I guess everyone should have their own professional and personal standards when it comes to ethical conducts and standards, but in an age where corporate and social responsibilities are becoming more important values to employees and customers, who is responsible for defining and maintaining the company or business standards? Who should ethical issues within the company be raised with?
closed as off-topic by Myles, gnat, Philip Kendall, scaaahu, Jane S♦ May 29 '15 at 3:18
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who is responsible for defining and maintaining the company or business standards?
Ethics are... complicated. You can't just decide for a product or process, "this is ethical" and expect everyone to believe/agree.
- Cultural factors. What is appropriate in some cultures is not in others.
- Social factors. Current trends also have a significant effect on 'what is ethical?'
- Individuals. Everyone is different. Some have very different perspectives on what is ethical.
- Company culture. Some companies have different policies that are reflective of their employees and products. For example, renewable companies probably have different perspectives on ethical behavior than deforestation companies -- at least as relates to the environment...
- Leadership direction. If executives at your company expect and enforce certain behaviors, that will craft a more specific ethic for your company.
But at the end of the day, what a company considers ethical will be a combination of the above factors.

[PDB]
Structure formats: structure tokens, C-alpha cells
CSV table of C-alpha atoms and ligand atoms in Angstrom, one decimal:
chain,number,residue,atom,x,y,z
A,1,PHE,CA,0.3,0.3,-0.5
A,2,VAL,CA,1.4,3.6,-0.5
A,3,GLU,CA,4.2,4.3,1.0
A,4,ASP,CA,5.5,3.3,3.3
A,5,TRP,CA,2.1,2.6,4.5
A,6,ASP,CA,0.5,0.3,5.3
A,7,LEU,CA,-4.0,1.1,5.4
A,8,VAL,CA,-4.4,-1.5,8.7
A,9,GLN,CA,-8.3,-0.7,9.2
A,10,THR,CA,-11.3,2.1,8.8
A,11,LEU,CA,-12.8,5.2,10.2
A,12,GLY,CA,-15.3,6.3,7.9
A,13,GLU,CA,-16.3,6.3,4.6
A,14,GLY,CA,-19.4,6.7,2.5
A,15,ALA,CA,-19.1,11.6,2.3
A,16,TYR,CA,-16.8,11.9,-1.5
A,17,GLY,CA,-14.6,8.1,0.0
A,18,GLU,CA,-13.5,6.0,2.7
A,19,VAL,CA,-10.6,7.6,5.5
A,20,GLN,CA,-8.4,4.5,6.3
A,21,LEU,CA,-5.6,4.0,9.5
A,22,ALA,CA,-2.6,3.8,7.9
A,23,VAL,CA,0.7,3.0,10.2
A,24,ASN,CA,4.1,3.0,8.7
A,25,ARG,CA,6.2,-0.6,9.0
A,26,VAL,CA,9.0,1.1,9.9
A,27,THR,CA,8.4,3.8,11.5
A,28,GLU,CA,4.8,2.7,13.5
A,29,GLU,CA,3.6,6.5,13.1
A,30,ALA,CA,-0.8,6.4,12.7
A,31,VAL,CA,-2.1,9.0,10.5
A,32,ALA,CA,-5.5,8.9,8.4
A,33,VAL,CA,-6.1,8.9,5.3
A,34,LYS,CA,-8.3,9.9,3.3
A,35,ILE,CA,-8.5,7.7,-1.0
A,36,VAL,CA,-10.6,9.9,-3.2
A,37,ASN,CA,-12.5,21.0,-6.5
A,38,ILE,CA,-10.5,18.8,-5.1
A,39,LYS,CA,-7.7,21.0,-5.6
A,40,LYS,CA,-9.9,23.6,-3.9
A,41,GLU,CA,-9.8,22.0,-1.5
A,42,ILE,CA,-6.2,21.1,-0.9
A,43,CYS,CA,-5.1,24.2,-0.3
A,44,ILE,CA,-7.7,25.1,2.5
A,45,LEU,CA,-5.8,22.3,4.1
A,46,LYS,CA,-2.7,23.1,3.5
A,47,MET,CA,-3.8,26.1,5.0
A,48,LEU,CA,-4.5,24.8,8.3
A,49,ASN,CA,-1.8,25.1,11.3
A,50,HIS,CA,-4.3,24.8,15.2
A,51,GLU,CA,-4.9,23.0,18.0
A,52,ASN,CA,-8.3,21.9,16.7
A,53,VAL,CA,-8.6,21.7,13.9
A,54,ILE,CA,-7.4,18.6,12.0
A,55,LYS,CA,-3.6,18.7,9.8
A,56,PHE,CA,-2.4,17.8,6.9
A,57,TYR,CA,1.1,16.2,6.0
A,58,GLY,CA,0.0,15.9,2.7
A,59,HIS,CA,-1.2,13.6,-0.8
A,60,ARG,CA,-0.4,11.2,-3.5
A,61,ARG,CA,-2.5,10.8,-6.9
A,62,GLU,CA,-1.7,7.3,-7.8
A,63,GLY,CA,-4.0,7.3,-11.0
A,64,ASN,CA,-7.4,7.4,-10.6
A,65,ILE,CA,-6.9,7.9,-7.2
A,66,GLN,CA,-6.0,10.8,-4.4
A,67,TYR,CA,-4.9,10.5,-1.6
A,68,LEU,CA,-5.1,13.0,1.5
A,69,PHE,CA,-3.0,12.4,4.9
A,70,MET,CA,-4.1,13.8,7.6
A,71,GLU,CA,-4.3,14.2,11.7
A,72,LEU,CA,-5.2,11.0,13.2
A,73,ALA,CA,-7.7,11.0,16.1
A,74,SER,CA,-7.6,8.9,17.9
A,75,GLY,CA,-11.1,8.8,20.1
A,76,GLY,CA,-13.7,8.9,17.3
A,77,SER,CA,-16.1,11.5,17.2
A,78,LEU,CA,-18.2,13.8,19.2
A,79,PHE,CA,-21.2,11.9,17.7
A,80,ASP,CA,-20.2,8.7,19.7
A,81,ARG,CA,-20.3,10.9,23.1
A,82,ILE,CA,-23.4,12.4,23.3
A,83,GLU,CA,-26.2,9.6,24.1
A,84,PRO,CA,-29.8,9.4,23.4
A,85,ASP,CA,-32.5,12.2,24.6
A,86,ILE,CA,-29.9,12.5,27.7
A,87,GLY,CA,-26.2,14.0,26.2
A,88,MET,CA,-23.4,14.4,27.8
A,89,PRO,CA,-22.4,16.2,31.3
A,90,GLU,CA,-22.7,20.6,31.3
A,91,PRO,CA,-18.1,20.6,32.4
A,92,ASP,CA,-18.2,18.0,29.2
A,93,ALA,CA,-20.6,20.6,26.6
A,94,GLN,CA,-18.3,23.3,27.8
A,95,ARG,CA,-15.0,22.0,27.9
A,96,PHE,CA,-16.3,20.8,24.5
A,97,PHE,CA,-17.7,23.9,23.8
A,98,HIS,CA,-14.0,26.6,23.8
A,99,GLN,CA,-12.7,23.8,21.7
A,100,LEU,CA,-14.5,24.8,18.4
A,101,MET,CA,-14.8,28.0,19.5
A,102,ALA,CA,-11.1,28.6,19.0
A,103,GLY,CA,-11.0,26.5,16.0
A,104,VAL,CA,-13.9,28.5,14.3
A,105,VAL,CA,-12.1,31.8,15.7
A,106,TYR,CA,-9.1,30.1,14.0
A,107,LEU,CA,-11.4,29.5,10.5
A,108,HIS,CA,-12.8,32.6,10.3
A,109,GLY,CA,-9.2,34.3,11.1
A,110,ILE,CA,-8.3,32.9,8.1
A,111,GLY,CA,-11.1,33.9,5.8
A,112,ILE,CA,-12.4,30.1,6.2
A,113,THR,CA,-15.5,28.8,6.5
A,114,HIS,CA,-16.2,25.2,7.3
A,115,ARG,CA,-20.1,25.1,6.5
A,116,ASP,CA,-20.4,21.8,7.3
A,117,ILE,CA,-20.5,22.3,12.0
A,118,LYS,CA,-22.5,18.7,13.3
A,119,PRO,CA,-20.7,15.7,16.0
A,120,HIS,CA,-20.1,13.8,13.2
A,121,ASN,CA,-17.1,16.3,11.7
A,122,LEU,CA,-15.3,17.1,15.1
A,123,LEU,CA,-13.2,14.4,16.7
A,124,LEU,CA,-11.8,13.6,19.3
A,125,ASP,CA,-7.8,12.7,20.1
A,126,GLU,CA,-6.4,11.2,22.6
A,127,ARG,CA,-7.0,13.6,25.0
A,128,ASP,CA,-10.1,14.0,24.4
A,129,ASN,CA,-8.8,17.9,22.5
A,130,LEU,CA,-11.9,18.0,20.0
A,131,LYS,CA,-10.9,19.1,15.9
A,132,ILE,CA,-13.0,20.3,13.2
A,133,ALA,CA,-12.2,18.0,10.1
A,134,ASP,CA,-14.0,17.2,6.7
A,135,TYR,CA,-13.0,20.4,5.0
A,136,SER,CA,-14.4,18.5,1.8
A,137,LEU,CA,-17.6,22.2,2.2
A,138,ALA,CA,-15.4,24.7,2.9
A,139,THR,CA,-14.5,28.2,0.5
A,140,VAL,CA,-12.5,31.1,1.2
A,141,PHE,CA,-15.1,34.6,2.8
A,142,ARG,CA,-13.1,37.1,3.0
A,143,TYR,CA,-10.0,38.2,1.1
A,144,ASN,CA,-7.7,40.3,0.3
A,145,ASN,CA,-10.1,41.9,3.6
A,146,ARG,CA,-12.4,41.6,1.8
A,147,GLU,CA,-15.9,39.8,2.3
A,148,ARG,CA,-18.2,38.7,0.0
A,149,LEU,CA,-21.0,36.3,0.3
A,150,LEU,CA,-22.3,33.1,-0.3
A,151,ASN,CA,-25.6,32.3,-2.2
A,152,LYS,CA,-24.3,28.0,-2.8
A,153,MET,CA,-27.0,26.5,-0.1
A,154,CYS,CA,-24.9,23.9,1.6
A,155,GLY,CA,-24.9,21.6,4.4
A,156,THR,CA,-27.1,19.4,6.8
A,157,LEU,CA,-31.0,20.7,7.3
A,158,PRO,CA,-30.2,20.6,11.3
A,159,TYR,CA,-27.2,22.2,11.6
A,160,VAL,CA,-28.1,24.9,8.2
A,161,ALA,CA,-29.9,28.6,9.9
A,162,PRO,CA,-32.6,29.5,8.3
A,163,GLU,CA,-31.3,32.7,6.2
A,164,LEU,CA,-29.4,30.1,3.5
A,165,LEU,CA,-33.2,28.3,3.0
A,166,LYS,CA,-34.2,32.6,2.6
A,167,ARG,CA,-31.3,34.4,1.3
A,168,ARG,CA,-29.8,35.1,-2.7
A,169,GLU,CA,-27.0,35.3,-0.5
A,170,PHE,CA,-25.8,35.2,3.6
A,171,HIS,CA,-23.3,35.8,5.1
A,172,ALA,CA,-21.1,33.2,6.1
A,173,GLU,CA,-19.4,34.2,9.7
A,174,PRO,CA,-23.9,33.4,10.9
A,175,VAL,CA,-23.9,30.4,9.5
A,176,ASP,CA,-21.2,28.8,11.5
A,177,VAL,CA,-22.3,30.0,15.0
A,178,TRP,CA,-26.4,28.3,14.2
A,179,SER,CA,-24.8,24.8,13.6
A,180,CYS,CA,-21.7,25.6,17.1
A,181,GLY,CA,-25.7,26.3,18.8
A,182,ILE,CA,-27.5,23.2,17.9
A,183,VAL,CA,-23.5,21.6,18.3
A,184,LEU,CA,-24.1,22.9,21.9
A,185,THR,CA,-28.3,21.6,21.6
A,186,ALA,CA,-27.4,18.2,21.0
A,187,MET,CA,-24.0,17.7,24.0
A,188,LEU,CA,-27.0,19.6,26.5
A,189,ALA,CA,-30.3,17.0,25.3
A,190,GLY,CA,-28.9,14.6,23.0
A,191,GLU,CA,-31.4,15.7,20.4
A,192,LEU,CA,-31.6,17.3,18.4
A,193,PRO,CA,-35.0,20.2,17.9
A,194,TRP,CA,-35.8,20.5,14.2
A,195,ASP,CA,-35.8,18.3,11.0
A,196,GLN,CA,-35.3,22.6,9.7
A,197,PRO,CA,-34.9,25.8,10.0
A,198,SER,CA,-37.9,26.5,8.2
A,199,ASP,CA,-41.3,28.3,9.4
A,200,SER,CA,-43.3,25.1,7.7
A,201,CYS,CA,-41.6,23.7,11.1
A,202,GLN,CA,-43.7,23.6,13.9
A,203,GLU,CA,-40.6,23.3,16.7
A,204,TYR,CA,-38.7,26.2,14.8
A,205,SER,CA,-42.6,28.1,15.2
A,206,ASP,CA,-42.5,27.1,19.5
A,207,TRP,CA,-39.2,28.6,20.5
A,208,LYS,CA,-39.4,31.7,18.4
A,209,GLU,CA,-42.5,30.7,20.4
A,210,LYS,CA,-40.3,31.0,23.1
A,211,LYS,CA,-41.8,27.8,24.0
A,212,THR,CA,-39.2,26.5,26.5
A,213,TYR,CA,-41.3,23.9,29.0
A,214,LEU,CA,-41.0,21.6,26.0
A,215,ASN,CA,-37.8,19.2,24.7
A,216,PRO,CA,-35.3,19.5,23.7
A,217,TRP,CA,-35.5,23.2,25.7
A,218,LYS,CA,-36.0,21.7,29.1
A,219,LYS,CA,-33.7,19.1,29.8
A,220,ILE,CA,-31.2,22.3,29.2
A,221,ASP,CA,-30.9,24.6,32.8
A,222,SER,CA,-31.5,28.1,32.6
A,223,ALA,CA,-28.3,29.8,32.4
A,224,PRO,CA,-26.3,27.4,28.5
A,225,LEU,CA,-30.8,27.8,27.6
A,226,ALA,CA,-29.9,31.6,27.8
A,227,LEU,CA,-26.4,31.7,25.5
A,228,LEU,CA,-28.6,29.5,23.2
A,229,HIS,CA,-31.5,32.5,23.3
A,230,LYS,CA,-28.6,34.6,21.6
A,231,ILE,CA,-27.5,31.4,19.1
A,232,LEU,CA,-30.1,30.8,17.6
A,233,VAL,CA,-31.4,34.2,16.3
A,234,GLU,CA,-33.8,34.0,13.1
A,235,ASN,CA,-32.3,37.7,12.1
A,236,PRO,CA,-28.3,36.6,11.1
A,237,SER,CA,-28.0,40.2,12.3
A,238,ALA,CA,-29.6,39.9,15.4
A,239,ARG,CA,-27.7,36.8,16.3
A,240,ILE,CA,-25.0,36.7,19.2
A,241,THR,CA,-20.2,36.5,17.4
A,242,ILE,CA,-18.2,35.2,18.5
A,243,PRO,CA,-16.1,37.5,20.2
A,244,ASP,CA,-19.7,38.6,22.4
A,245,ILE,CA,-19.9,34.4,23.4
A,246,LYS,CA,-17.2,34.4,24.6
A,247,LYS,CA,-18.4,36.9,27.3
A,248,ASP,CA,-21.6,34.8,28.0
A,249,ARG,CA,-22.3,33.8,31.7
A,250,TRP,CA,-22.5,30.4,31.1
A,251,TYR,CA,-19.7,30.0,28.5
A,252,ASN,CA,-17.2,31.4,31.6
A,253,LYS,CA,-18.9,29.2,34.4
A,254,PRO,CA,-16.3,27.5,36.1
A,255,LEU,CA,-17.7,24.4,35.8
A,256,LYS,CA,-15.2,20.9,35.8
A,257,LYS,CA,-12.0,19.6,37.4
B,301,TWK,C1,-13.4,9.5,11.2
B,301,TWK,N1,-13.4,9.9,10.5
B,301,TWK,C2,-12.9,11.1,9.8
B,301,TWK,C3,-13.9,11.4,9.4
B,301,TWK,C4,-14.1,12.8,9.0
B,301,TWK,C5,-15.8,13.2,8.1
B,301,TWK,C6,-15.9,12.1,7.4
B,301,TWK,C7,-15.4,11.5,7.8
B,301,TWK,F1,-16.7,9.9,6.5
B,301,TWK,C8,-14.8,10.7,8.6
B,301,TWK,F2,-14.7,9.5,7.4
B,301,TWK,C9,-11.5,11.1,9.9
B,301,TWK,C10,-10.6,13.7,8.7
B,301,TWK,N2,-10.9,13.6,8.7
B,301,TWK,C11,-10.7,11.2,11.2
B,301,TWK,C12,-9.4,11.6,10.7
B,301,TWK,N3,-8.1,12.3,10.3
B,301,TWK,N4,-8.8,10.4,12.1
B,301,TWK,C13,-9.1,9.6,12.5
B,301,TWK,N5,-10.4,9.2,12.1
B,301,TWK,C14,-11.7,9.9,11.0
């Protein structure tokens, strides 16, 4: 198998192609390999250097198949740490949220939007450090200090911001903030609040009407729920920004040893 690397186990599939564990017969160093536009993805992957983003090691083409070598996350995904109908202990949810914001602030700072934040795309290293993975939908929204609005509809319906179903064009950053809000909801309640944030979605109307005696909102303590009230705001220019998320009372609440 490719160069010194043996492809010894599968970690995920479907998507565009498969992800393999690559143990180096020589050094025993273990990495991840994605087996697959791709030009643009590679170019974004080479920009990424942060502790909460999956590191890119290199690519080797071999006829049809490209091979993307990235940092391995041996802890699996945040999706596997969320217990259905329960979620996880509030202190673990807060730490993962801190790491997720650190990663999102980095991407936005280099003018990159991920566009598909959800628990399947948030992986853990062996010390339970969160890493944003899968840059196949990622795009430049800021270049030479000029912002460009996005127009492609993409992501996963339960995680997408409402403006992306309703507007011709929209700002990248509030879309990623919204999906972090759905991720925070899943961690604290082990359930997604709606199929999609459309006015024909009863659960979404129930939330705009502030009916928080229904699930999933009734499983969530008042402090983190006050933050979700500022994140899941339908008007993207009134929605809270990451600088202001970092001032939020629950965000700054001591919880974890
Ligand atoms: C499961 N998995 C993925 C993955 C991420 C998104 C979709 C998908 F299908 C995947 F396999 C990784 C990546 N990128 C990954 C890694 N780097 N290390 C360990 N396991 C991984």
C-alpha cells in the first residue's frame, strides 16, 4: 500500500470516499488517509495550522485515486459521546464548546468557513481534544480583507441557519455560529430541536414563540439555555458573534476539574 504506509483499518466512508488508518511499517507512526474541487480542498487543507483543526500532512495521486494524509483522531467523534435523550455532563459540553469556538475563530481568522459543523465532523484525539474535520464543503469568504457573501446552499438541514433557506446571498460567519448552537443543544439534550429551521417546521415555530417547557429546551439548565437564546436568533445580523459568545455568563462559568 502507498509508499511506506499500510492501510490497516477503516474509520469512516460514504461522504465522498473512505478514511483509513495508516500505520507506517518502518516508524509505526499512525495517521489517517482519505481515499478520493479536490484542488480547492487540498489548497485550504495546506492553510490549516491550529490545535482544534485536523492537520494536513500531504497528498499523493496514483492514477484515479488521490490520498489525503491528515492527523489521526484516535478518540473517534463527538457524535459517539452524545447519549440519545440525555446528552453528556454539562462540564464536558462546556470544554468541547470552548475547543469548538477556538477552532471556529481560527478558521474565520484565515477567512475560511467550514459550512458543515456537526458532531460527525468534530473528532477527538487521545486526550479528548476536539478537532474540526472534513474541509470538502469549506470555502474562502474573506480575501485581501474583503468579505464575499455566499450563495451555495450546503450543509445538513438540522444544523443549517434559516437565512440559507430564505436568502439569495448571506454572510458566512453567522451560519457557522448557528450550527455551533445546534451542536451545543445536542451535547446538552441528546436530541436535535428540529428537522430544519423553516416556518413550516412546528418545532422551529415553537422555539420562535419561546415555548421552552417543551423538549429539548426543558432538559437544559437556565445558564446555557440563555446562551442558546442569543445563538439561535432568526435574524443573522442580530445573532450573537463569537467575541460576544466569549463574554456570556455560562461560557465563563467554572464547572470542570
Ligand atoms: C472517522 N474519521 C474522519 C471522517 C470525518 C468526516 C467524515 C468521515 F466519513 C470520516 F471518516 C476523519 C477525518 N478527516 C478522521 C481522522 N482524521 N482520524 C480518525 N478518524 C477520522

Each company will arrive at it differently. There is no "magic formula" or one size fits all process to get to this.
Who should ethical issues within the company be raised with?
For suspected violations, many larger companies have compliance hotlines/etc. So if someone sees unethical things, there are specific processes to follow.
The responsibility lies with the ownership of the company. Effectively, that means the Board of Directors in larger corporations, or the owning partner(s).
These responsibilities may, of course, be delegated to executives.
As to who to raise the issues with? It always is the best course to start with your immediate supervisor. If the issue is with your supervisor, the escalation path from that point would depend on your company policies.
Take it up with HR. They are the ones who are charges with ensuring company-wide compliance with the labor laws and management policies. They won't debate ethics with you but they will give you an opninion as to whether a course of action meets the ethical standards as set by top management - an opinion that you should heed, barring exceptional circumstances as a top company's management gone rogue and whistle blowing is turning into an option worth going through.